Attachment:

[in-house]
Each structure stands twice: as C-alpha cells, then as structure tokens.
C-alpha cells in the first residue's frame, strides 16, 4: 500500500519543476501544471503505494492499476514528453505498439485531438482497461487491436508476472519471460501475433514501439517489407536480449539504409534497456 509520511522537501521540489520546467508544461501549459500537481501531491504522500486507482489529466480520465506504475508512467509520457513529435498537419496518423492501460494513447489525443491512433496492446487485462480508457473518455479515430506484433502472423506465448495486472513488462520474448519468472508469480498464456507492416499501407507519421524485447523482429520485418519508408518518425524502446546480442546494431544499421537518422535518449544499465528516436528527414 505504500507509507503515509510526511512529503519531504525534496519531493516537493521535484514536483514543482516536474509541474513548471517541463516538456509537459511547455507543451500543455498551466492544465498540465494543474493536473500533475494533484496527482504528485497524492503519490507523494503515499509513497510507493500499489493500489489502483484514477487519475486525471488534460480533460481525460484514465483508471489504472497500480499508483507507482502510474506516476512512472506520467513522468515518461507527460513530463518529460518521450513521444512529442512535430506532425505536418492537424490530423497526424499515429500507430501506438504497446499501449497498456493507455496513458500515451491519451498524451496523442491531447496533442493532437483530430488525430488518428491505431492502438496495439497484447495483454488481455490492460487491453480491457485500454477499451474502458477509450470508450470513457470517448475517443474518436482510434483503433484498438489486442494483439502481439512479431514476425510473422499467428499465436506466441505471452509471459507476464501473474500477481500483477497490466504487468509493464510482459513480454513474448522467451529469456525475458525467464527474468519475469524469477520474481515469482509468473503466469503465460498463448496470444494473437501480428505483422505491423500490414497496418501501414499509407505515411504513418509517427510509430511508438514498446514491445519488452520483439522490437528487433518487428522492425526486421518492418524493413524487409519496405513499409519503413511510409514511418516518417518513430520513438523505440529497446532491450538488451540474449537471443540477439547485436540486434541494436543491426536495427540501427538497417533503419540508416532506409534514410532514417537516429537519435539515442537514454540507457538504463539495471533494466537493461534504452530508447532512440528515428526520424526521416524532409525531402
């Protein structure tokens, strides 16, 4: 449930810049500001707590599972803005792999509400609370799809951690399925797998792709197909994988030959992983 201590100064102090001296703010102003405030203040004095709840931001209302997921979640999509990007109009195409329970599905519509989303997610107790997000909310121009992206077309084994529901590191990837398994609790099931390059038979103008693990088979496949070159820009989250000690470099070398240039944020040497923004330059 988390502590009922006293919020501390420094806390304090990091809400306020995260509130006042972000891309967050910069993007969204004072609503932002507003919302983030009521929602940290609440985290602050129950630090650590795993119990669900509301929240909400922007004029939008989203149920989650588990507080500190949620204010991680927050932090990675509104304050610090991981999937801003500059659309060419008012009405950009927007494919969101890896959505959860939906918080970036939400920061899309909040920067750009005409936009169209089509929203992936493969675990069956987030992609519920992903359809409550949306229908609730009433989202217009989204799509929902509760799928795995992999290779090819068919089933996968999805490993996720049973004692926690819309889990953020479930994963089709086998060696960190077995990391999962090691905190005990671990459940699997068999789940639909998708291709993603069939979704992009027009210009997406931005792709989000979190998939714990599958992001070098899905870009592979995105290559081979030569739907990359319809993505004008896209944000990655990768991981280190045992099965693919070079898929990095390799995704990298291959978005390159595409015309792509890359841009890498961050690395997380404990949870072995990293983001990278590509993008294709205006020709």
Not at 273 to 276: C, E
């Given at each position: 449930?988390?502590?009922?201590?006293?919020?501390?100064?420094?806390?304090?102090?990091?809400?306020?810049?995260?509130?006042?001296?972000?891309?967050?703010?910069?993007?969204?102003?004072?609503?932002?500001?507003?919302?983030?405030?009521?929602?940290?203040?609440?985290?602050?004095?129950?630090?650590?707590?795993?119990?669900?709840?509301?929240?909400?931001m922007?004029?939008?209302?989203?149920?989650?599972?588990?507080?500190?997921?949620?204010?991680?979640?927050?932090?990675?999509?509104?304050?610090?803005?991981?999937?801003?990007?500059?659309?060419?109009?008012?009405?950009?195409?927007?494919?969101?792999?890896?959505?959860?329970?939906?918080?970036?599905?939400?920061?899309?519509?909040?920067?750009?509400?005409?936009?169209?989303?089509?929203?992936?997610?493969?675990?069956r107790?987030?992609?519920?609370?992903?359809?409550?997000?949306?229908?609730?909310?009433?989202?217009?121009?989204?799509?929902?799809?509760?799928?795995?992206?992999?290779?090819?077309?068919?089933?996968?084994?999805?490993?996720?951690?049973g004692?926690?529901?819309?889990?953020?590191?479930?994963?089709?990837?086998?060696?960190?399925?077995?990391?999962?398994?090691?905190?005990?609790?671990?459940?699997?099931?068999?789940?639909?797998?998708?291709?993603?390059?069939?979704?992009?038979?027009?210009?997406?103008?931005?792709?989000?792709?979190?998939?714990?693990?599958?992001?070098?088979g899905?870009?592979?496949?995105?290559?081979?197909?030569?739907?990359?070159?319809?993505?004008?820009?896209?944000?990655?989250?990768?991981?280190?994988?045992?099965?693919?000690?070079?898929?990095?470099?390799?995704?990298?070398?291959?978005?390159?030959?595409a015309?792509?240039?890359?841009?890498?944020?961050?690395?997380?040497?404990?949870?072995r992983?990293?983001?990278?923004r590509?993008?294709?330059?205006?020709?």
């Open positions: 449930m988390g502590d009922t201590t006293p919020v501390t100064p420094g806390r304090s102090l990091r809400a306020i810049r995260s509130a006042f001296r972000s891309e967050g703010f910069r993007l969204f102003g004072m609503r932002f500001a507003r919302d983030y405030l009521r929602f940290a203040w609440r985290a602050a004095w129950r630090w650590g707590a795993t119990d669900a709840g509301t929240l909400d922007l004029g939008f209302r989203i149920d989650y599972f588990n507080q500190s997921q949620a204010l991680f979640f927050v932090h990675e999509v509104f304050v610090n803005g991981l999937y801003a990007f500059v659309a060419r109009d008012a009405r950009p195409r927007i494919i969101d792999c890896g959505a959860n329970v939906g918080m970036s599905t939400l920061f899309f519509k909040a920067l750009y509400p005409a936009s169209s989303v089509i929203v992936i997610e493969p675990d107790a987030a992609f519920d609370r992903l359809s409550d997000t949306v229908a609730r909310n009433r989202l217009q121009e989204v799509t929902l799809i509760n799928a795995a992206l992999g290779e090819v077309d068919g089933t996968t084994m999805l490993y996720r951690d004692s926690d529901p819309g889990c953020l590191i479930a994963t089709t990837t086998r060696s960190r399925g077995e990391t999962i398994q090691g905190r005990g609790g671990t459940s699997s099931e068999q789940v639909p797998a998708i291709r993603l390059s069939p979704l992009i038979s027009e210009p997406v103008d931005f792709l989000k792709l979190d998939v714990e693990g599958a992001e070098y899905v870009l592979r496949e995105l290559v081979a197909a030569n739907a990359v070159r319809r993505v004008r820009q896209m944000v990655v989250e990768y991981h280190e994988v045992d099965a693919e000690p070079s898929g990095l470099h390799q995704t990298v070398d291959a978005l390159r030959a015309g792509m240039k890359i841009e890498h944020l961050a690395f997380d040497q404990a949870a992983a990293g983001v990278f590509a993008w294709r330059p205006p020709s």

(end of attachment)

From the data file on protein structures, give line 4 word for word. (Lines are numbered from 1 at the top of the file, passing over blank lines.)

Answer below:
């Protein structure tokens, strides 16, 4: 449930810049500001707590599972803005792999509400609370799809951690399925797998792709197909994988030959992983 201590100064102090001296703010102003405030203040004095709840931001209302997921979640999509990007109009195409329970599905519509989303997610107790997000909310121009992206077309084994529901590191990837398994609790099931390059038979103008693990088979496949070159820009989250000690470099070398240039944020040497923004330059 988390502590009922006293919020501390420094806390304090990091809400306020995260509130006042972000891309967050910069993007969204004072609503932002507003919302983030009521929602940290609440985290602050129950630090650590795993119990669900509301929240909400922007004029939008989203149920989650588990507080500190949620204010991680927050932090990675509104304050610090991981999937801003500059659309060419008012009405950009927007494919969101890896959505959860939906918080970036939400920061899309909040920067750009005409936009169209089509929203992936493969675990069956987030992609519920992903359809409550949306229908609730009433989202217009989204799509929902509760799928795995992999290779090819068919089933996968999805490993996720049973004692926690819309889990953020479930994963089709086998060696960190077995990391999962090691905190005990671990459940699997068999789940639909998708291709993603069939979704992009027009210009997406931005792709989000979190998939714990599958992001070098899905870009592979995105290559081979030569739907990359319809993505004008896209944000990655990768991981280190045992099965693919070079898929990095390799995704990298291959978005390159595409015309792509890359841009890498961050690395997380404990949870072995990293983001990278590509993008294709205006020709």